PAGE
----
Disorientation and Not Writing

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Hello. It’s been a long time.

Have you ever felt that there was so much around you taking up your mental, physical, even spiritual energy that you didn’t have any to spare? In this last season of good-byes and hellos, as I bid a sad farewell to my home, my workplace, my town, my friends, and my familiar place in this world, I didn’t have enough … anything … to write.

I made lists of what to write about: what happened to me, what I read and watched, thoughts I thought. I even had titles for a few of these hypothetical posts (stay tuned for “Swearing at Mountains”), but I couldn’t write them. I couldn’t sit down at my computer and put words on the screen. I just couldn’t.

So much of my energy was being funneled into staying upright and planning for the next step. Sometimes I was better at one than the other. Often I was bad at both. But somehow I kept moving forward. With every step I took, I made a choice again to follow the path God laid in front of me, regardless of where it led me.

Even to Texas.

I don’t regret not writing. Which seems odd, since I call myself a writer on days when I’m feeling really cocky. And here’s why.

Writing feeds me. It gives me joy and purpose. It lets me feel like I am making some small mark on the world, even just on a few tired souls who occupy the same corner of the internet that I do. It’s my way of accessing the Divine. I feel whole when I write.

Recently, though, I haven’t been whole. I’ve had bits and pieces of me all over this fine country and even abroad. I’ve been thinking and planning, packing and changing, and all of this made my writing, my wholeness, feel impossible. It was impossible. I’ve been scattered.

I could have made myself write.  I’ve written some things in the darkest nights of utter despair. But nights like these, they were just dark enough to be unsure of where I was headed, and so I couldn’t write. Because writing orients me, and I was utterly disoriented.

That’s okay. It’s okay to be disoriented.

It’s okay to not be able to write, or to read, or to go to church. It’s okay to take breaks, to walk outside, to hide for a while. It’s okay to be focused on you and what’s happening in your headspace. It’s okay to be confused and uncertain and really really hole-filled.

But it’s not okay to stay there forever.

I’m not saying “buck up and get over it.” I’d never say that without knowing you and your dark nights. Maybe your dark nights will last for weeks or months, maybe even years. That’s between you, your God, and your therapist. I am saying that it’s okay to be not okay, it’s okay to be broken, but don’t wallow indefinitely.

Definitely wallow, but not forever.

Because there’s a time for grief and confusion, and there’s a time for joy and writing. Or pain and writing, or fear and writing, or laughter and writing.

Now I have no more boxes in my home. I have a place for my iron and my vacuum. I have an orange colander and a huge desk. I bought new sheets, and I know the location of the nearest grocery store, library, and Starbucks. I’ve been to orientation. I’ve been oriented.

And so, I can write again.

Whatever your writing is–whether it’s singing or dancing or speaking or laughing or holding–I hope you can do it. I hope you can do your writing. And if you can’t right now, I hope you can do it soon. Until then, let someone else do your writing for you.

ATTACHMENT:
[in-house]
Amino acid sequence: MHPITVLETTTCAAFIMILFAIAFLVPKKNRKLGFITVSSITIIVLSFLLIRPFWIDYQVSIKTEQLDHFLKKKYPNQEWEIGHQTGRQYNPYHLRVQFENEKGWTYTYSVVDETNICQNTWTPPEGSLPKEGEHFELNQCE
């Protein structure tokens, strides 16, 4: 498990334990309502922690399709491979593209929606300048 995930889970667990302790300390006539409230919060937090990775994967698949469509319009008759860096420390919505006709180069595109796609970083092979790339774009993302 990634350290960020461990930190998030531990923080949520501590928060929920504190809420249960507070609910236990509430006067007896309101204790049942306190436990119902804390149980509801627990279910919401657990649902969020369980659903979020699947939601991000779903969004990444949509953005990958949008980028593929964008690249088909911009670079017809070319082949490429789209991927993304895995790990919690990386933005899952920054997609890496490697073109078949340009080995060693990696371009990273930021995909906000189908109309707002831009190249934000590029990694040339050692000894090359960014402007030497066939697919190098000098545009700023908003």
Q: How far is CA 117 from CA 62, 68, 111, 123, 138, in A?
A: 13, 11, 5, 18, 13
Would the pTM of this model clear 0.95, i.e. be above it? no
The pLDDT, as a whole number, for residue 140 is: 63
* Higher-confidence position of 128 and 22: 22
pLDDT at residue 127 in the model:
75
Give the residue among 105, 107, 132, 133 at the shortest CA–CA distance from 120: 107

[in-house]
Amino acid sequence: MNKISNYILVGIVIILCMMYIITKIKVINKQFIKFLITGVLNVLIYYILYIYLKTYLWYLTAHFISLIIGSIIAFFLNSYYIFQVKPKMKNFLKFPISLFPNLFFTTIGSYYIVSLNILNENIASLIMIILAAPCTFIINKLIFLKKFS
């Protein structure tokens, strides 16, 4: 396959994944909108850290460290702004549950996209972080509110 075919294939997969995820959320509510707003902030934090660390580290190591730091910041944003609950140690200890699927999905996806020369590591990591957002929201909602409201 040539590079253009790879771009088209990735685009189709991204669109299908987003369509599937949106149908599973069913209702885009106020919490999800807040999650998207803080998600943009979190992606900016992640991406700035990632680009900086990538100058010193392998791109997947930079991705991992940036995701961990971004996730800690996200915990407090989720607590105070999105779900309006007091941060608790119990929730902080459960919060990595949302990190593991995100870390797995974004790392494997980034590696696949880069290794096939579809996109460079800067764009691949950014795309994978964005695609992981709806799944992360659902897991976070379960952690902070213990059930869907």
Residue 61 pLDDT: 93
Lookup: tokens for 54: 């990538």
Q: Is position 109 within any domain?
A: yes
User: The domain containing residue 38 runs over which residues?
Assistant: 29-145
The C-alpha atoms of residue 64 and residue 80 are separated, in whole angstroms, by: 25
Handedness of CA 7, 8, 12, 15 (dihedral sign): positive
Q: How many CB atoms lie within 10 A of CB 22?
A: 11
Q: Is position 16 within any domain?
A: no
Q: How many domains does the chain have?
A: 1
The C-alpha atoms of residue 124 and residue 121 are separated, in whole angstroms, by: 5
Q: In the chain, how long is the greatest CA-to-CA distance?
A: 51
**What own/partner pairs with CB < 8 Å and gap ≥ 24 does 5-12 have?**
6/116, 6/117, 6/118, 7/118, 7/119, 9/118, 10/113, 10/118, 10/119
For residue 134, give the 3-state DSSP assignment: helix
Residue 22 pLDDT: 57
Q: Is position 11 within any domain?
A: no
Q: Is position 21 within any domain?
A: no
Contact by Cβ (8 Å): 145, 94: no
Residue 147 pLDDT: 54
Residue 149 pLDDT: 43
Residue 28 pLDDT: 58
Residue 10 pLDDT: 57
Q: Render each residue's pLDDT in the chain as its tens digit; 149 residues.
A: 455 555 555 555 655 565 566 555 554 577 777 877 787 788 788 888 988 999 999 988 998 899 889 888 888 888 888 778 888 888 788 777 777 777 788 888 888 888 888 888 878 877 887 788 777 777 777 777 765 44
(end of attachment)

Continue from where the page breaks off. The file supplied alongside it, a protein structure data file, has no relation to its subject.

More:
If you’re whole, do it. If you’re not, don’t. And let’s do what we can to fill in each other’s holes, to help reorient, to forgive mixed metaphors.

Many of you did it for me; I’ll do my best to do it for you.


6 thoughts on “Disorientation and Not Writing

  1. Hi, so I only somewhat creepily follow you on Twitter, but I have had (am still having) this exact same experience. Here in England, I had the honour of meeting a famous poet and literary critic who told me rather breezily that he wrote something like three novels during grad school and I simply couldn’t imagine…I can barely even journal anymore. But I like to think that sometimes things need time to ripen — it’s better to live something fully and then revisit it in writing later, don’t you think? The essential things become clearer. Love your blog!

    1. Catherine (or are you still Catie? :D), so glad to hear from you, and glad to hear others have a similar experience. You make such a good point about letting things ripen and being fully present wherever you are. I definitely agree…and I won’t be writing three novels. No way!

  2. Looks like all your bits and pieces are catching up with you. Once they all get adjusted to Texas time, you’ll find your voice again. 🙂

  3. The fact that you have an orange colander makes me happy. Like, even living in TEXAS, you’re going to be OK because you have an orange colander. I know YOU know you’re going to be OK. I wasn’t worried about YOU knowing it. I just selfishly feel like I need to know it, too. And the orange colander, like William Riker, makes it so.

    I’m so very glad to have you back visiting this space, and therefore my head and heart, with your words. This makes you closer. And I love that this first post from TEXAS (which apparently can only be written with all caps and a teeny, tiny measure of angst) is all about permission to be ourselves with whatever wholeness or holes we bring. I sure like you.

    1. Beth, I felt the SAME way about my orange colander. And I’m so grateful for your electronic support since I don’t get to see you in person any longer. You’re such a gem, and I’m so honored to have you read my silly little words since you’re such a rock star. I sure like you too.

      (And I completely agree about the TEXAS angst)

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